The BBC reports on the Peruvian city of Cerro de Pasco, which it says may be the most polluted city on the planet:
In a bit of inspired trolling, Venezuelan President Nicolás Maduro said on Saturday that he would welcome FBI assistance in the investigation into the assassination attempt that was made against him last weekend. Maduro has said he believes Venezuelan exiles in the US were involved in the plot, and the US government has promised to cooperate with any investigation, but Maduro’s statement notwithstanding it doesn’t appear that the US has made an offer to help with the investigation.
New cables have been released, under a Freedom of Information Act request, that add new detail to reports of the use of torture back in the 2000s at a CIA black site facility in Thailand run by none other than current agency director Gina Haspel:
As interrogators splashed water on the chest of the man, Abd al-Rahim al-Nashiri, he pleaded that he was trying to recall more information, according to a newly released C.I.A. cable. As he cried, the cable reports, the “water treatment was applied.”
The “water treatment” was bureaucratic jargon for waterboarding, and 11 newly released top-secret cables from the time that Gina Haspel, now the C.I.A. director, oversaw the base provide at times graphic detail on the techniques the agency used to brutally interrogate Qaeda captives. Agency leaders and officers were racing to uncover what they feared were large-scale plots against the United States in the chaotic months and years after the Sept. 11 attacks.
As the chief of the base, Ms. Haspel would have written or authorized the cables, according to Tom Blanton, the director of the National Security Archive, a research organization at George Washington University. The cables, obtained by the archive in a Freedom of Information Act lawsuit, were redacted to eliminate the names of interrogators and C.I.A. officers involved.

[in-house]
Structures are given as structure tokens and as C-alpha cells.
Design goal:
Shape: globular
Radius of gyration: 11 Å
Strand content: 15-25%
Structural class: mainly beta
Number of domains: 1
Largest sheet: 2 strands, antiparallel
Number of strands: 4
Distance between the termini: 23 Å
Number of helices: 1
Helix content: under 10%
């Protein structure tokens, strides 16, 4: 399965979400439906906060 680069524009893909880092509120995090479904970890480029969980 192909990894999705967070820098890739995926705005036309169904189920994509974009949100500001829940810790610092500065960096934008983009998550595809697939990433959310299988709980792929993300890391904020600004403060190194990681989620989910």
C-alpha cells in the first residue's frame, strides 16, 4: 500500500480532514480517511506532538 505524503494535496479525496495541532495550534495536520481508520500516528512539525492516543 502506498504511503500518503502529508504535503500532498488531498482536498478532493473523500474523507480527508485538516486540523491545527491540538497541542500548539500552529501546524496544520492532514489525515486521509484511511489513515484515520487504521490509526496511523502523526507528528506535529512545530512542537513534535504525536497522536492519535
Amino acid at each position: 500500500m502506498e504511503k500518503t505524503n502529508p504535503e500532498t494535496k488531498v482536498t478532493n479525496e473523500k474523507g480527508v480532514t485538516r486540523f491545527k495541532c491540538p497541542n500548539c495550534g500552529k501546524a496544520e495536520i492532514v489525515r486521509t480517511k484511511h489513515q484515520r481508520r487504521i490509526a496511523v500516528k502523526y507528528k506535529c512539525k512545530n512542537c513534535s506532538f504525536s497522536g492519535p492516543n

Finally, Fellow Travelers has published an important piece from Michael Youhana on the other big nebulous War the United States is fighting along side the War on Terror–the War on Weapons States:
Much like the War on Terror, the War on Weapon States remains a salient organizing narrative for American foreign policy during the Trump era. The narrative’s force is apparent in Mike Pompeo’s boast that Iran is due for “the strongest sanctions in history.” Earlier this year, the War on Weapon States also inspired terrifying calls for preemptive war with North Korea. While tensions on the Korean Peninsula have abated for the moment, they may flare up once more under this president or another if our foreign policy consensus is left unchallenged.
Distinguishing between the War on Weapon States and arms control more generally is imperative. The former is a neoteric, imperial call to arms; the latter is a century-old diplomatic project to create a more humane world order. The sole concern of proponents of the War on Weapons States is the defeat of autocracies with “deep grievances against the West;” an effective movement for disarmament would seek to demilitarize all states, including Saudi Arabia, Israel, France, the United Kingdom, and, yes, the United States.